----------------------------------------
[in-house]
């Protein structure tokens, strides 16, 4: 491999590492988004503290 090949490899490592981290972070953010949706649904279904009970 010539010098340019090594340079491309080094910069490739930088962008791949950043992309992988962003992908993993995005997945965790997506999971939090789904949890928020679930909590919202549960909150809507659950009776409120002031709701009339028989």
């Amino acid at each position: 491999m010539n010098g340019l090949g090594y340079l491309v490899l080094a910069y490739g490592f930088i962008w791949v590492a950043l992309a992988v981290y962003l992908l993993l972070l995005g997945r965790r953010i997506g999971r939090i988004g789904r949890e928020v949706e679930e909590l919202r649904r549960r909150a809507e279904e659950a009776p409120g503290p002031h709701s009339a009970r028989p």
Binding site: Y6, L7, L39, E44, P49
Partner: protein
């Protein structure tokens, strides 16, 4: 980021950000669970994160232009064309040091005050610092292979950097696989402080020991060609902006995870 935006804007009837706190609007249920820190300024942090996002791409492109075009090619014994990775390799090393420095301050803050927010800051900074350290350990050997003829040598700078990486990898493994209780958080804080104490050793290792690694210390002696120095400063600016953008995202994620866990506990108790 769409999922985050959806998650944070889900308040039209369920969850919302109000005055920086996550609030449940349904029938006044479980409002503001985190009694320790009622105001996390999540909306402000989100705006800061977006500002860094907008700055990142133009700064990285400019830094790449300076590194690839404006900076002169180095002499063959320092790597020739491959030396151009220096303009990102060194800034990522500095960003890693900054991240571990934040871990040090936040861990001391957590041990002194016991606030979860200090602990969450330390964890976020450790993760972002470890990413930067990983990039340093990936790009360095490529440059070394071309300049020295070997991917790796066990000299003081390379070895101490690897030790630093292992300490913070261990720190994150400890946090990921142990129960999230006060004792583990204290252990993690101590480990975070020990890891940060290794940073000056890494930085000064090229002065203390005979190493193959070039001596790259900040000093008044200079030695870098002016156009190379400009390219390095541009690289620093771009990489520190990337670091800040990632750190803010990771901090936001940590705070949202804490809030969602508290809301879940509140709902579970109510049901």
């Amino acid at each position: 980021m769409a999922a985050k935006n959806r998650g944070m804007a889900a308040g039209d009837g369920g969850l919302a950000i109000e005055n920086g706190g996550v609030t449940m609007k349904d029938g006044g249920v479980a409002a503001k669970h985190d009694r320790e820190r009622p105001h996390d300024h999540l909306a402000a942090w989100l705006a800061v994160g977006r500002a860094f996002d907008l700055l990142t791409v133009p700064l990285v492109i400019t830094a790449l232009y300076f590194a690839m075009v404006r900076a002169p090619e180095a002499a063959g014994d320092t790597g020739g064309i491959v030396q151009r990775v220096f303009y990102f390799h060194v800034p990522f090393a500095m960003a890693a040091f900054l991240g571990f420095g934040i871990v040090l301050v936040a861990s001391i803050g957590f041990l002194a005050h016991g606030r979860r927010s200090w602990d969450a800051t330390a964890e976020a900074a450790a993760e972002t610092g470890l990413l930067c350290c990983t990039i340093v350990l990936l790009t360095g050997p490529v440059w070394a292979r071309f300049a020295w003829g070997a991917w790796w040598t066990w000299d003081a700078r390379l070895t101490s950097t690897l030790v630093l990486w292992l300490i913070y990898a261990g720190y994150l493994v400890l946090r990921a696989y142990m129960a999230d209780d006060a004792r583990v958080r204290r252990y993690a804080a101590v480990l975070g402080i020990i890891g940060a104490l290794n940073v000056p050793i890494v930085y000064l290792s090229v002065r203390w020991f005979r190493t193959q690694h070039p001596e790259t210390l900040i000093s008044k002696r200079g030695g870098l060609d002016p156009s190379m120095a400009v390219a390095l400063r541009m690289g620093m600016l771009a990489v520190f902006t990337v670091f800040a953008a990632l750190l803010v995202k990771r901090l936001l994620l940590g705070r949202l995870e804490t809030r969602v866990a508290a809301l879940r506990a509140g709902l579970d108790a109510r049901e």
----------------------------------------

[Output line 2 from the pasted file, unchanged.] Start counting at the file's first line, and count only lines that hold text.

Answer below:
């Protein structure tokens, strides 16, 4: 491999590492988004503290 090949490899490592981290972070953010949706649904279904009970 010539010098340019090594340079491309080094910069490739930088962008791949950043992309992988962003992908993993995005997945965790997506999971939090789904949890928020679930909590919202549960909150809507659950009776409120002031709701009339028989």